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Environmental Services

working for clean rivers

Phone: 503-823-7740

Fax: 503-823-6995

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Johnson Creek Watershed Council’s 20th Annual Watershed Wide Volunteer Restoration Event

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The event will span ten locations and takes place Saturday, March 3rd, from 9 a.m. to Noon

Salmon inspired the Johnson Creek Watershed Wide event 20 years ago, and now you can be a part of this grassroots habitat restoration movement, too. Our partners need 200 more volunteers, so gather your group and join us!

Together volunteers will restore habitat and water quality at TEN work party events throughout Johnson Creek Watershed. Take part in the action to help build a healthier watershed for your human and animal neighbors by planting native trees, mulching and removing invasive species! And we’re doing all of this… wearing COSTUMES! That’s right – we’re going big this year and we can’t wait to see the crazy, wild outfits you’ll be wearing. So, here are the details…

What: Plant, dig, mulch, weed, and look fabulous

When: Saturday, March 3rd 2018, 8:45am -12pm

Where: 10 locations across the watershed

Why: To build a healthier watershed by planting native trees, fighting invasive species, and connecting people to their environment

This is a family-friendly event. Everyone and all experience levels are welcome. Bring a team of coworkers, friends, or family members. We will provide tools, snacks, and tons of FUN!

Thank you pizza parties and costume contests in 2 locations (12:30-1:30.)

Register HERE

**A big thanks to all the sponsors and partners who work with Johnson Creek Watershed Council to make this happen: The Mintkeski Family Fund of the Oregon Community Foundation, Clackamas County's Water Environment Services, Portland Parks and Recreation, City of Gresham, Friends of Trees, Crystal Springs Partnership, Friends of Tideman Johnson, Friends of Powell Butte, Freeway Lands, Overland Park Coalition.**

Questions? Call Volunteer Coordinator Courtney at 503-652-7477 ext 101

Be a Stormwater Star! Workshops Coming up in February, March, and April

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The annual Stormwater Stars workshop series offers free stormwater management instruction and resources to Portland-area residents

Learn to manage the rain that falls around your home, work with your fellow community members, and improve local water quality!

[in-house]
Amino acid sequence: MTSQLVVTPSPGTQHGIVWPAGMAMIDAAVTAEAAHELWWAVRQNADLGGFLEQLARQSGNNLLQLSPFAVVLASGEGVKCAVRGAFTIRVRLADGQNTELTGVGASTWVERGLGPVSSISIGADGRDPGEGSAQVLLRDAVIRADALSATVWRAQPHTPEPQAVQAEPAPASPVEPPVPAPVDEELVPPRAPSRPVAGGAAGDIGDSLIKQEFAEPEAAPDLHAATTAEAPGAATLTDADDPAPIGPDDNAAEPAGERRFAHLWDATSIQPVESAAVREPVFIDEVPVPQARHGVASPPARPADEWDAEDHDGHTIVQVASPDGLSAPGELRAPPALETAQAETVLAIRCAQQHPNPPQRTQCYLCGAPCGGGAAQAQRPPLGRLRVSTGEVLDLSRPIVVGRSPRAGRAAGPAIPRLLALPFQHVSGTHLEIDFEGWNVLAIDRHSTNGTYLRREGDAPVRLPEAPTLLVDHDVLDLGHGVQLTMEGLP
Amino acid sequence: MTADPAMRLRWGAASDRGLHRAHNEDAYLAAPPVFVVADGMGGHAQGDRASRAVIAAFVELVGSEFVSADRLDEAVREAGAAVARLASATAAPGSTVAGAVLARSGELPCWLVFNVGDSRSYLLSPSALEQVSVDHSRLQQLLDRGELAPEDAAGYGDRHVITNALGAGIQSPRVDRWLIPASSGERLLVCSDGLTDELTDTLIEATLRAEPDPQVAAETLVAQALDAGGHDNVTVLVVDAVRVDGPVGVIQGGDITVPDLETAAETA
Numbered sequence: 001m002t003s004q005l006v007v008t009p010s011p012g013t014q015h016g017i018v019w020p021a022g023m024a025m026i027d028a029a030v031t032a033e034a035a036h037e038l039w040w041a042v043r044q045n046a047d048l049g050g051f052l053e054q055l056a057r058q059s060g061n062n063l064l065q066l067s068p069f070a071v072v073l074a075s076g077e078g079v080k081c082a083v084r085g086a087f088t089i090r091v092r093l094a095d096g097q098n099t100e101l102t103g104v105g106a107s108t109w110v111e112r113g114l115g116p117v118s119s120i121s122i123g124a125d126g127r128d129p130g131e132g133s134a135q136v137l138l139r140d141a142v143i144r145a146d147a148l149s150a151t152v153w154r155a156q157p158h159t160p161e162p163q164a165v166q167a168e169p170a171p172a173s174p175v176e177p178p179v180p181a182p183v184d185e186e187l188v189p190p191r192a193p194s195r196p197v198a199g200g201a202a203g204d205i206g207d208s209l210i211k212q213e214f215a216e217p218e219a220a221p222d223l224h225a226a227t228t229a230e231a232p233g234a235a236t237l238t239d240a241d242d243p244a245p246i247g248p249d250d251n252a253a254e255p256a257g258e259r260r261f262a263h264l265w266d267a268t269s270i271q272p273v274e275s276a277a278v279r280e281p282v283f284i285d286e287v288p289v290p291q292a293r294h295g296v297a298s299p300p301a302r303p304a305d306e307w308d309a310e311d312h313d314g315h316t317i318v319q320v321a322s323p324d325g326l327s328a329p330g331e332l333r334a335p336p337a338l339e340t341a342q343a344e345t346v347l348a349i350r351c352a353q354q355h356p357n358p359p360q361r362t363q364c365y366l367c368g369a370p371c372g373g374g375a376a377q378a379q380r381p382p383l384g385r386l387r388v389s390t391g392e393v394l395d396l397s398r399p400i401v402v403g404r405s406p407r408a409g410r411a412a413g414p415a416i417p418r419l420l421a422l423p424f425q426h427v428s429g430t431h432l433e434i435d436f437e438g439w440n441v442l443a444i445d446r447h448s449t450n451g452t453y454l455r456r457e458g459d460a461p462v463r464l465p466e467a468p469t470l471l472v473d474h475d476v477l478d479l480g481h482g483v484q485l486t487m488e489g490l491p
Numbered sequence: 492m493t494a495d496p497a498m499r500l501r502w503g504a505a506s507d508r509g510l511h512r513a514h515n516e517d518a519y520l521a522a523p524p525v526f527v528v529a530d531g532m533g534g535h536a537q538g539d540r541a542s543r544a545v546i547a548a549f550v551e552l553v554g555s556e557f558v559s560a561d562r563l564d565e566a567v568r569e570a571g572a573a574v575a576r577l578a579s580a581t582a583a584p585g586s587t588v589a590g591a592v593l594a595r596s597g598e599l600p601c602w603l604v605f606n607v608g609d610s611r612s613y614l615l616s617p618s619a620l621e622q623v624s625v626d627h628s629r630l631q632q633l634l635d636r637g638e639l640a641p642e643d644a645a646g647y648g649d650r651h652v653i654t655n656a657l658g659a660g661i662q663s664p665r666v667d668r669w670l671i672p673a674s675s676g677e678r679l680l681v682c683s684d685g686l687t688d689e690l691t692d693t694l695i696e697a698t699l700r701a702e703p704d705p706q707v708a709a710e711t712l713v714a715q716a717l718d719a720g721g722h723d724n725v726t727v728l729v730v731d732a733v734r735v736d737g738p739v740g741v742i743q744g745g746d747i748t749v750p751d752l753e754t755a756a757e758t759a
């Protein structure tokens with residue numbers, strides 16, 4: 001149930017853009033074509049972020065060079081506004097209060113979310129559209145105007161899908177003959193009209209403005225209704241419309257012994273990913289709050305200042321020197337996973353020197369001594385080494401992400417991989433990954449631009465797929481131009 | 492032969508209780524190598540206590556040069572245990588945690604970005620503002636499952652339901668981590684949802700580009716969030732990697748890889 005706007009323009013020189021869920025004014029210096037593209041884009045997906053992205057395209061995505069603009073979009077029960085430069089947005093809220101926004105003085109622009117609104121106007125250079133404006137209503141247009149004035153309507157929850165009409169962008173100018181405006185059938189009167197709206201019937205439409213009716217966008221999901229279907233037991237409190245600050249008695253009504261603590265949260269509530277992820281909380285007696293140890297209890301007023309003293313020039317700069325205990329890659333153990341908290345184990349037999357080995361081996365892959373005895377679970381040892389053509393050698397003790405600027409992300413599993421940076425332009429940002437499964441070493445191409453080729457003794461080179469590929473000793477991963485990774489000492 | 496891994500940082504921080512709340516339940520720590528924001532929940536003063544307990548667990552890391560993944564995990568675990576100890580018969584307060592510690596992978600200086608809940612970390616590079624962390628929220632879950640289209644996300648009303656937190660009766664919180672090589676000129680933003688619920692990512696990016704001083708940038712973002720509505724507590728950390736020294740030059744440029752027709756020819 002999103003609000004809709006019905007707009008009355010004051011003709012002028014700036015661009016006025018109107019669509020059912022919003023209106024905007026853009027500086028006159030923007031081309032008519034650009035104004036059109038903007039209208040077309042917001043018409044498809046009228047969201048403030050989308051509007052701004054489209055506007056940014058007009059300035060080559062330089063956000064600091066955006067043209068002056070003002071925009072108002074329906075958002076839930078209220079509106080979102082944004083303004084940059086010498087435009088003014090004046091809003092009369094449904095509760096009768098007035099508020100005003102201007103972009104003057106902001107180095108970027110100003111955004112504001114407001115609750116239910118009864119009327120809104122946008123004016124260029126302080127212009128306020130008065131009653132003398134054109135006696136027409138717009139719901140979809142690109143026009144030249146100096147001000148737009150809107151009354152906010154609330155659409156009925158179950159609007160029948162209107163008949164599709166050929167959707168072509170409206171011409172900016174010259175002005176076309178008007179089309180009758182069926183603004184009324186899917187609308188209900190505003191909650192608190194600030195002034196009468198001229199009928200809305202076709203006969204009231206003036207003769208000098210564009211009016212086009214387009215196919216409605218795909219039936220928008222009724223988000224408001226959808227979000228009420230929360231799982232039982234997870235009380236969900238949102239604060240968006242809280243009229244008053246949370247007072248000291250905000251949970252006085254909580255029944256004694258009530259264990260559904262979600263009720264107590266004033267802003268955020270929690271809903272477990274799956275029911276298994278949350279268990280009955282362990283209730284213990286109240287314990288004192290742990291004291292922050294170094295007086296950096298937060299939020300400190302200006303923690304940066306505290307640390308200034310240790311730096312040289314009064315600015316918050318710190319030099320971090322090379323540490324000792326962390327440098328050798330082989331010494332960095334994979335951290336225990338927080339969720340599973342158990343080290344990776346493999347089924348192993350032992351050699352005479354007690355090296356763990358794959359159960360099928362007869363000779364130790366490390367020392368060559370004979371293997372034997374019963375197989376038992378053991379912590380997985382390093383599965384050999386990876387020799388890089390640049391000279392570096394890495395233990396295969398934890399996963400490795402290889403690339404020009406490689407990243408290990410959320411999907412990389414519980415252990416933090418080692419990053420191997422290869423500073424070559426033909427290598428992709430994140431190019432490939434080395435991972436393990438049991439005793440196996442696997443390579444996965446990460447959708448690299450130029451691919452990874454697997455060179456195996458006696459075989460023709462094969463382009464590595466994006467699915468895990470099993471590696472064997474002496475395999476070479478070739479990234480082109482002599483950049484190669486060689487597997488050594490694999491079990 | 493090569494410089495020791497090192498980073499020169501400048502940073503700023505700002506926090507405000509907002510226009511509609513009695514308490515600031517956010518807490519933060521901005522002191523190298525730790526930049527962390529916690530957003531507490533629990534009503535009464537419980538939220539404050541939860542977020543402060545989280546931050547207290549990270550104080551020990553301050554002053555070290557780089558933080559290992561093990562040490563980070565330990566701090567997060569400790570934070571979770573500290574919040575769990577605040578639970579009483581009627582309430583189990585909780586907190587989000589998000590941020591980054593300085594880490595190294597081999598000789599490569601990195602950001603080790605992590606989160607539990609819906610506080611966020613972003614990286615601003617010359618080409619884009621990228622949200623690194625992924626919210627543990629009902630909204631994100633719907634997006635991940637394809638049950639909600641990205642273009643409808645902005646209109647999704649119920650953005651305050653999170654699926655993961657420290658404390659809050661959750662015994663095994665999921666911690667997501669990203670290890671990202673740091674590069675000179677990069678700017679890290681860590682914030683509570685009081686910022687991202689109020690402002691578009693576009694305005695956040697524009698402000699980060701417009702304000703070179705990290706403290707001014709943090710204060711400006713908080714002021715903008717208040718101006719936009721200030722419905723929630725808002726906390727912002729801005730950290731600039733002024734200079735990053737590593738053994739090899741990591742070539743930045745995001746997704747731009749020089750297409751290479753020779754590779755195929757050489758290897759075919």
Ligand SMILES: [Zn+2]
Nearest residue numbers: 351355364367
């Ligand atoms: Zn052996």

The annual Stormwater Stars workshop series offers free stormwater management instruction and resources to Portland-area residents, practicing skills such as native plant landscaping, erosion control, runoff water reduction, soil amendment/restoration, installation of permeable pathways, sod removal and more. 2018 workshop dates: Feb 24, March 10, March 18, April 8.

Sign up today at or contact Lorena O'Neill at for more information. 

Tryon Creek Watershed Wide Event: sign up now for Feb. 10

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Join the Tryon Creek Watershed Council on Saturday February 10th for their biggest volunteer day of the year.

Join the Tryon Creek Watershed Council and other partners for the biggest volunteer day in the Tryon Creek watershed!

This is going to be a fun and rewarding day of restoration work and celebration in the Tryon Creek Watershed on February 10th from 9:00 a.m. -1:00 p.m. Meet at Riverdale High School and then travel to one of the work sites.

Volunteers will work at various project sites throughout the watershed. Projects will include invasive species removal and some possible native plantings. Raffle prizes will be handed out before the work begins, so be sure to register to get your name entered. Registration here.

Please come dressed to work outside - wear closed-toe shoes, long pants, and weather-appropriate clothing and bring a water bottle (we will work rain or shine). Gloves, tools, and food will be provided. Each site will have a crew leader to help your group at your designated site.

Schedule for the Day

9:00 a.m. - 9:30 a.m.  Volunteer Check-In at Riverdale High School (Coffee & breakfast snacks provided) and Raffle!

9:30 a.m. - 12:30 p.m. - Welcome & announcements, carpool/walk to project sites with group, work at designated project site

12:30 p.m. -1:00 p.m. - Cleanup, sendoffs, and goodbyes!

Questions? Please contact the Tryon Creek Watershed Council Volunteer Coordinator, Patrick at

Partners in this great community event include the Tryon Creek Watershed Council, the SW Watershed Resource Center, the West Multnomah Soil and Water Conservation District, the Clackamas Soil and Water Conservation District, Friends of Tryon Creek State Park, Tryon Creek State Natural Area, Backyard Habitat and many committed community members. 

Register here, and see you on the 10th!